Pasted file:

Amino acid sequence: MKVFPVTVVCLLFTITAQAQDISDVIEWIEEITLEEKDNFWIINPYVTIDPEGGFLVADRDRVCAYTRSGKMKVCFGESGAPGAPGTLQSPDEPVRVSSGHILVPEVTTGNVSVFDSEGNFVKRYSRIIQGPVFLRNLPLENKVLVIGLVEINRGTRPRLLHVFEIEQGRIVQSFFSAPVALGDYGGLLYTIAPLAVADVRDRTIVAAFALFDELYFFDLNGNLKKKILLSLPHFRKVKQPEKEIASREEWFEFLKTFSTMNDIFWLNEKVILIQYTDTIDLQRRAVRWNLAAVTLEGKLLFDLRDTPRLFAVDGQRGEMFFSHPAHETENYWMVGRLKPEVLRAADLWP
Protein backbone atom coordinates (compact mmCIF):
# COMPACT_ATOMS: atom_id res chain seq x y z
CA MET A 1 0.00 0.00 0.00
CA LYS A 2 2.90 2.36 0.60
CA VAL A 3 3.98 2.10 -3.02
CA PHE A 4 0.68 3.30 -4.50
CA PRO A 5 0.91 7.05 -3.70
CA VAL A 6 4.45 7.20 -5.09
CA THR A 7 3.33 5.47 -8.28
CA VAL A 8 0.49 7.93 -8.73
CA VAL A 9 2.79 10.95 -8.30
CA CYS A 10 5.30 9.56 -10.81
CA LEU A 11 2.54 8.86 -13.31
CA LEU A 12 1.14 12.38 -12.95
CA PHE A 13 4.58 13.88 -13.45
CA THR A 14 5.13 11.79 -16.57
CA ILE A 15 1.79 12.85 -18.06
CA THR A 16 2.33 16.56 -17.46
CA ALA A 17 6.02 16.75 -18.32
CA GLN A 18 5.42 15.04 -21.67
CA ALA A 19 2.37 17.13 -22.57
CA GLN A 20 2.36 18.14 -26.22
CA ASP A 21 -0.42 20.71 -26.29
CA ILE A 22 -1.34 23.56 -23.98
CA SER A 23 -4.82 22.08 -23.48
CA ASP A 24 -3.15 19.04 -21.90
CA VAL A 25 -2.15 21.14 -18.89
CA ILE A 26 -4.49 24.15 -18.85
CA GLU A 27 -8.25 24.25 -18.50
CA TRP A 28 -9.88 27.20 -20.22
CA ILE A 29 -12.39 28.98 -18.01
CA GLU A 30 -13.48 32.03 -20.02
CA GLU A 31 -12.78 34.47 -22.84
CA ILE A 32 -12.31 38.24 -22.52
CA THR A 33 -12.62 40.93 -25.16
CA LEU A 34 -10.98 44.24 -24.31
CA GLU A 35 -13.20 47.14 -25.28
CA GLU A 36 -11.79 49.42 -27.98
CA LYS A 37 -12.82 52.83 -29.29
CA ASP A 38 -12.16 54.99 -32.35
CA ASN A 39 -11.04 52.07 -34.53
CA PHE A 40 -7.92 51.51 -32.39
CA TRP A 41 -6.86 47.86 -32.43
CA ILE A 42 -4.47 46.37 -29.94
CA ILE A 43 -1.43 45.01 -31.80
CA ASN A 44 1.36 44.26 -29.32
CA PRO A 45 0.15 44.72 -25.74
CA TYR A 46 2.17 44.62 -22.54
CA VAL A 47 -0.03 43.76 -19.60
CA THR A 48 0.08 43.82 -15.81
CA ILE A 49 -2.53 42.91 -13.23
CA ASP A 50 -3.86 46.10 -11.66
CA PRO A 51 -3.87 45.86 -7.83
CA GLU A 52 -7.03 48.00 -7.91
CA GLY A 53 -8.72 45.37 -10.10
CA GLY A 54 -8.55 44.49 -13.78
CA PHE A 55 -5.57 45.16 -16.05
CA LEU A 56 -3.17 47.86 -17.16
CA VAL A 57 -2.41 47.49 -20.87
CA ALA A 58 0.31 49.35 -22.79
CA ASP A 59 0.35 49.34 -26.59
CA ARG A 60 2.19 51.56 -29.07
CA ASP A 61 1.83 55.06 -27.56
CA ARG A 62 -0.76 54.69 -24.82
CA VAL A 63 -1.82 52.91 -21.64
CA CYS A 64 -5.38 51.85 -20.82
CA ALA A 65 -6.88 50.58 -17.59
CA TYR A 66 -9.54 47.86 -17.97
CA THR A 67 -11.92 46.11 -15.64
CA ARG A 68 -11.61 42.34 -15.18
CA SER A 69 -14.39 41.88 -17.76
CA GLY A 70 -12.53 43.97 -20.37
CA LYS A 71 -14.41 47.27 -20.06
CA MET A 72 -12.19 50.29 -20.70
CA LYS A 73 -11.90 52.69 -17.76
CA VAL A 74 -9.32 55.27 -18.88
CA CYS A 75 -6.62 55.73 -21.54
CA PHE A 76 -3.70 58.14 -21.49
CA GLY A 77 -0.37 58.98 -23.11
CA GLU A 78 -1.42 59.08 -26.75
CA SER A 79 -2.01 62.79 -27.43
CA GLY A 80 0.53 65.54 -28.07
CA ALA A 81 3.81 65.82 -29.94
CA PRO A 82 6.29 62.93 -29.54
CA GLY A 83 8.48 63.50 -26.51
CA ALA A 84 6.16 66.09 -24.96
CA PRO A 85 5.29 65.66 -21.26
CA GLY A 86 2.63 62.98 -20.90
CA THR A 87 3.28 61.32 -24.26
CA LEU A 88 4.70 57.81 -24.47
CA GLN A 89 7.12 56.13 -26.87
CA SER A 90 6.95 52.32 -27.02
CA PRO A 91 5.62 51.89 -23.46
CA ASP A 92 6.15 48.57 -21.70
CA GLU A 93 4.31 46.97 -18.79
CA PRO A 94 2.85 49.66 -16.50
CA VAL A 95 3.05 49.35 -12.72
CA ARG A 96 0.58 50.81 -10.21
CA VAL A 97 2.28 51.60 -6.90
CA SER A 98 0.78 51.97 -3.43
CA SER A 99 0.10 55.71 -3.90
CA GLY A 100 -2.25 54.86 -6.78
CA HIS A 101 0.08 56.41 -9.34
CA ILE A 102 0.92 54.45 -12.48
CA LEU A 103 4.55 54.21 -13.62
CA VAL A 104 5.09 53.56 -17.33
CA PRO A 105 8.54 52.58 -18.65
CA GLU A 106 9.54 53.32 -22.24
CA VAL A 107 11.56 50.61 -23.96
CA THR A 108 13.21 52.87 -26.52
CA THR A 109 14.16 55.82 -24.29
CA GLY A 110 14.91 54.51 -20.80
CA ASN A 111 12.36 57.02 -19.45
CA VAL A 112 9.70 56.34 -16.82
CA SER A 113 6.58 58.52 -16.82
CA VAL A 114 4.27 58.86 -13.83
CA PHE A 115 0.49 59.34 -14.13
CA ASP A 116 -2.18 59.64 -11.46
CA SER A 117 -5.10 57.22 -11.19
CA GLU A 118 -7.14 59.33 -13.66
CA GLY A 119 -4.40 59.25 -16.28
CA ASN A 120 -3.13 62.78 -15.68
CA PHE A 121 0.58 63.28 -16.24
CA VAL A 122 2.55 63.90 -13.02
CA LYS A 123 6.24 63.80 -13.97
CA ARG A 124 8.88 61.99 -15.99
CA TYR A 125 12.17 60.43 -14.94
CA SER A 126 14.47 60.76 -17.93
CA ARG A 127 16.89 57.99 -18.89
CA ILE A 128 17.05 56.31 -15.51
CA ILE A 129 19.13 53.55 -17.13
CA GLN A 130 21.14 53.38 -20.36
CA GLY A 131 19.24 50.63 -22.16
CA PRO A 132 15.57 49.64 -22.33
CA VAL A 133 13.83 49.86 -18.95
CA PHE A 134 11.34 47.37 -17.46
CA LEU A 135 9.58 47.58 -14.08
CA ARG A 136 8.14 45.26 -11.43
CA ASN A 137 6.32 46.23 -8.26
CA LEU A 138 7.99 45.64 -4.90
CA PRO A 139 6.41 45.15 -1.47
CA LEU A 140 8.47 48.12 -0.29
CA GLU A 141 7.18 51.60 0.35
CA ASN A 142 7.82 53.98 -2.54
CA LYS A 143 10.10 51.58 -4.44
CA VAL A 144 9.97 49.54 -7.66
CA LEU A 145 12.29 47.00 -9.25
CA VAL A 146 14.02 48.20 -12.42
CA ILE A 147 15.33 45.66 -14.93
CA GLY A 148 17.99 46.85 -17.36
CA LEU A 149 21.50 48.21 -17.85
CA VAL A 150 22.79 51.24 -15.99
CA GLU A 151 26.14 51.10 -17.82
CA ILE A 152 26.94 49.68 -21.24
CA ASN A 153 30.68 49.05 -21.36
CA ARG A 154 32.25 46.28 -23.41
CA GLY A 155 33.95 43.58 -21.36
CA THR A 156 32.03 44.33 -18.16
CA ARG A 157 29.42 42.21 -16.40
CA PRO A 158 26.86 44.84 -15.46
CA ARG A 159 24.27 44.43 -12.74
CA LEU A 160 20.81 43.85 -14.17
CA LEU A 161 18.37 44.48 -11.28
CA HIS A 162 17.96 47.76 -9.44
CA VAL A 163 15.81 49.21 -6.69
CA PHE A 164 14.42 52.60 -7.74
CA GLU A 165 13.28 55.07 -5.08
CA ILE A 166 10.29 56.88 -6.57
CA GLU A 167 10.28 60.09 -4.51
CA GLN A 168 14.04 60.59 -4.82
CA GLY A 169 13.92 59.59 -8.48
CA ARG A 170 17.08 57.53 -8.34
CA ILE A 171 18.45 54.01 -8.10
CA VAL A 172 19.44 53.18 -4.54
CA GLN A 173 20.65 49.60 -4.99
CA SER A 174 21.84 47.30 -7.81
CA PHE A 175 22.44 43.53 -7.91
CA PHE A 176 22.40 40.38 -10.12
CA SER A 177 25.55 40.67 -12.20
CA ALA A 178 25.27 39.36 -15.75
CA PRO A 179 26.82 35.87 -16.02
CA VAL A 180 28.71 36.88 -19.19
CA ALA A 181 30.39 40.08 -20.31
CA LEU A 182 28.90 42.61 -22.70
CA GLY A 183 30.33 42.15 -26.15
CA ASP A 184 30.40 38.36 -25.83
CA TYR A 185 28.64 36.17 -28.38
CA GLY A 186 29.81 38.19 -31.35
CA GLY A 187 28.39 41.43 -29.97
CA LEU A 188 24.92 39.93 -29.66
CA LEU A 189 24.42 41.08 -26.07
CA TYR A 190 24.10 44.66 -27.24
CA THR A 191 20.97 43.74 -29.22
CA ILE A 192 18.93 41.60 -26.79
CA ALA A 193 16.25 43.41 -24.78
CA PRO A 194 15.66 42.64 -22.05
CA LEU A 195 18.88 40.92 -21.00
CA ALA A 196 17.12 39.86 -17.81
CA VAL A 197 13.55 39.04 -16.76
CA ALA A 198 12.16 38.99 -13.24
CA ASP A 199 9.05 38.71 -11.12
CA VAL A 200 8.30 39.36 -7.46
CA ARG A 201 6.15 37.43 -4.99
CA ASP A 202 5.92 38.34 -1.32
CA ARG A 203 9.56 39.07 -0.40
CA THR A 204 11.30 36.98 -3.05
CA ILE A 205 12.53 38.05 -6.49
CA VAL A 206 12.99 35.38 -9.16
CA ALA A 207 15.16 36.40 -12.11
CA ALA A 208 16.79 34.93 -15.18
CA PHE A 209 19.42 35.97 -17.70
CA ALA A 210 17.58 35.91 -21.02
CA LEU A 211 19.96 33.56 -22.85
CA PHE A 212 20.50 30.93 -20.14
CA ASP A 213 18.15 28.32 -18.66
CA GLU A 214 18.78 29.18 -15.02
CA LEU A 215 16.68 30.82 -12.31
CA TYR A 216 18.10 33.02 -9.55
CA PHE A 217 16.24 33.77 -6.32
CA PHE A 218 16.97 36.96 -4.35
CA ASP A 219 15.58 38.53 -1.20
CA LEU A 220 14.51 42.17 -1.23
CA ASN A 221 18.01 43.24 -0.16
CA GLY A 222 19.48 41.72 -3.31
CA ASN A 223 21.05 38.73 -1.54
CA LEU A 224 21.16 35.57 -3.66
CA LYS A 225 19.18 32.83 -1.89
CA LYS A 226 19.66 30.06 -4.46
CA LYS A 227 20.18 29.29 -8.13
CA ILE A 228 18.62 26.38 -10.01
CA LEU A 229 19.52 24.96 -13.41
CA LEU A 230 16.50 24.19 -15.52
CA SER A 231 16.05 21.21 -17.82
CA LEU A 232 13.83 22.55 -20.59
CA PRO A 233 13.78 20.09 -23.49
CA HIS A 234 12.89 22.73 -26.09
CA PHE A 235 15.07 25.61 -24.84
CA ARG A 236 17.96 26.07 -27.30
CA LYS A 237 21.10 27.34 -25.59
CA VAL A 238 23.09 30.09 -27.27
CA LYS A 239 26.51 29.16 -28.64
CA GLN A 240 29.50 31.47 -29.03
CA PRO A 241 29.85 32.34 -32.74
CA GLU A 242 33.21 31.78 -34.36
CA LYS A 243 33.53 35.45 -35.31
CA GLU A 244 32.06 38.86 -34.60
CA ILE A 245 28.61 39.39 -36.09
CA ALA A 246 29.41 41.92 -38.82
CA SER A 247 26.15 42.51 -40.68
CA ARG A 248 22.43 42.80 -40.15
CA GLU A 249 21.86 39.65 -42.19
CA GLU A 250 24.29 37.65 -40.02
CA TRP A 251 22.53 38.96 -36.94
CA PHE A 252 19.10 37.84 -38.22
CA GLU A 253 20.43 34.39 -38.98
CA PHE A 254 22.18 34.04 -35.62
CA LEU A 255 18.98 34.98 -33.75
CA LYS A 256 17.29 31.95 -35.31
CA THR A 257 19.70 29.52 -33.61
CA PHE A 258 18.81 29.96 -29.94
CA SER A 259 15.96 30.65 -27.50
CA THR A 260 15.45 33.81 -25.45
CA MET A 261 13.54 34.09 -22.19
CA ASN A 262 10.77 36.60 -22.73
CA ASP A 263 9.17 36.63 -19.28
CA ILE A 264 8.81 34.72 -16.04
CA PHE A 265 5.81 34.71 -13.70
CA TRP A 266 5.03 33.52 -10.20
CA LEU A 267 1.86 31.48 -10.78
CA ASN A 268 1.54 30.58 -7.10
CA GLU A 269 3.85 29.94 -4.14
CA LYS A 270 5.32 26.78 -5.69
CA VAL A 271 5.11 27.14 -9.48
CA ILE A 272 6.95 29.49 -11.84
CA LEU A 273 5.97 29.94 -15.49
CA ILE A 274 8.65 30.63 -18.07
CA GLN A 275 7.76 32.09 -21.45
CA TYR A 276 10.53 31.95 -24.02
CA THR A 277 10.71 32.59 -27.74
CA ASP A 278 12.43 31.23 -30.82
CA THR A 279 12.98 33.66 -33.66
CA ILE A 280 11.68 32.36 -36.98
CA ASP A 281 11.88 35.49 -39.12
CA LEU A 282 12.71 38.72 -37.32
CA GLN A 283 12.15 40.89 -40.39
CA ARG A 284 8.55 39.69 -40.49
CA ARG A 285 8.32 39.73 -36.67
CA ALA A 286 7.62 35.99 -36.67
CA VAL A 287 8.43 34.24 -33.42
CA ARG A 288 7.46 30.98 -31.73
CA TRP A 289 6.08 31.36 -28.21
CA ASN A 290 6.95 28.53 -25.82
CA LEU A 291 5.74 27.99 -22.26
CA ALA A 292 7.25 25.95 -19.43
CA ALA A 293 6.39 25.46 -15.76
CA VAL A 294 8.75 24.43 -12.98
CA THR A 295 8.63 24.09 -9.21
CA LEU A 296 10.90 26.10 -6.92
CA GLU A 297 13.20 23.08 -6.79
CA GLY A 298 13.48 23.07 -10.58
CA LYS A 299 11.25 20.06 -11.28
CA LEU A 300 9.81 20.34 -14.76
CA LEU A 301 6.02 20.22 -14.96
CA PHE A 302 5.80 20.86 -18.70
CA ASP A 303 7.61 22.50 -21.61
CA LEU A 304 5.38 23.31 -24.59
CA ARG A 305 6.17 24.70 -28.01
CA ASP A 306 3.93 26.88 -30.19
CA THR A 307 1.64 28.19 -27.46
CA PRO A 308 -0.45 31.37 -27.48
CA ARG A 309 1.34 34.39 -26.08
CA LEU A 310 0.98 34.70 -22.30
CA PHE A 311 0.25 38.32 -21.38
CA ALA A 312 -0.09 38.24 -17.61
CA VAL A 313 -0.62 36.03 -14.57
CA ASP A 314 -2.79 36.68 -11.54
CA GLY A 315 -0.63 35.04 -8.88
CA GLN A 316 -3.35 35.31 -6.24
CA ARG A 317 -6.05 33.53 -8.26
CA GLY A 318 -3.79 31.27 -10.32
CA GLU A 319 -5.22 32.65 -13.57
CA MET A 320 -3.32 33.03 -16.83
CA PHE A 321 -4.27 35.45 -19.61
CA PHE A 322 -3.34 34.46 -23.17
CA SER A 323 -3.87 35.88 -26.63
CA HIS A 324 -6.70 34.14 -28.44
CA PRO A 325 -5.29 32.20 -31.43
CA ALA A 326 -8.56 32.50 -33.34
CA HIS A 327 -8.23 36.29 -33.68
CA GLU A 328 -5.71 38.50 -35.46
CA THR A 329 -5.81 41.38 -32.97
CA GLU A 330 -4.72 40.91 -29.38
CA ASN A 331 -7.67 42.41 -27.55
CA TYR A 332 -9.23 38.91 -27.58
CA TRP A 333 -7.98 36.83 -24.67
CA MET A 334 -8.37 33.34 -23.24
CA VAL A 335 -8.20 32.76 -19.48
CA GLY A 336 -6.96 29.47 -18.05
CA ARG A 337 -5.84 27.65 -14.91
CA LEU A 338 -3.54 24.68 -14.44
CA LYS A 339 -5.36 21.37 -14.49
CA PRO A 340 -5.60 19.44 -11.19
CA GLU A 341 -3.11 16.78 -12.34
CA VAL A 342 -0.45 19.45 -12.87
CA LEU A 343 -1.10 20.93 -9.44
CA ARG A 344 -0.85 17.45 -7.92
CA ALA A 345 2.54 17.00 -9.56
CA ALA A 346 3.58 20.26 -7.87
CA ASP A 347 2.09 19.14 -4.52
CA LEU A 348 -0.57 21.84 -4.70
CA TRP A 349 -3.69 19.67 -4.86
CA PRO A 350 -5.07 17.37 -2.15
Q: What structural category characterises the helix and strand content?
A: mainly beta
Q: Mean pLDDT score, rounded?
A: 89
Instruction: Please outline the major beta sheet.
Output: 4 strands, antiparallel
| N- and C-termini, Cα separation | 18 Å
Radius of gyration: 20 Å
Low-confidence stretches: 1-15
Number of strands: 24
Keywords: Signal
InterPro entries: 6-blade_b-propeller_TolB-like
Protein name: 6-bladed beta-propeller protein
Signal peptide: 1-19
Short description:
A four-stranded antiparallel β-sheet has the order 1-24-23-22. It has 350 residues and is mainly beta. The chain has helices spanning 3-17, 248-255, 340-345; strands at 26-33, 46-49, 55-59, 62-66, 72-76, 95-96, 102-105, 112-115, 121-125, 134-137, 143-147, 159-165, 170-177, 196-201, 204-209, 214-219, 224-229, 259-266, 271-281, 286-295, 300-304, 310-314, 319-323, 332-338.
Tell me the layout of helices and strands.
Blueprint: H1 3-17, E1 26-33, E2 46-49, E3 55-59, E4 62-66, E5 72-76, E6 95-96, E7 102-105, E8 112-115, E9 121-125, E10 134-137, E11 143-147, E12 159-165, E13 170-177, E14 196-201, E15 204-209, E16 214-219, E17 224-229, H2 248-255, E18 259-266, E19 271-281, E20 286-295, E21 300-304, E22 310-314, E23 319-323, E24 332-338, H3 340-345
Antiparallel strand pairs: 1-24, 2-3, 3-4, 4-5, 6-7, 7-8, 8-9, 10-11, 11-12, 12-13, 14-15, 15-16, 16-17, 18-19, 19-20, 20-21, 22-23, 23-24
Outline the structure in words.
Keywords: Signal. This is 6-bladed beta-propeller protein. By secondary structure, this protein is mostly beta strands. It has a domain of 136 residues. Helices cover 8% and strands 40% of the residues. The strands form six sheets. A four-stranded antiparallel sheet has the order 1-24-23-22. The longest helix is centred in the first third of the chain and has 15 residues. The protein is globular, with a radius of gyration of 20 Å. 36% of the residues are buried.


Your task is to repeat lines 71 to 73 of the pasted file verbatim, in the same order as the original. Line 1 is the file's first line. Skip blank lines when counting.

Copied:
CA ARG A 68 -11.61 42.34 -15.18
CA SER A 69 -14.39 41.88 -17.76
CA GLY A 70 -12.53 43.97 -20.37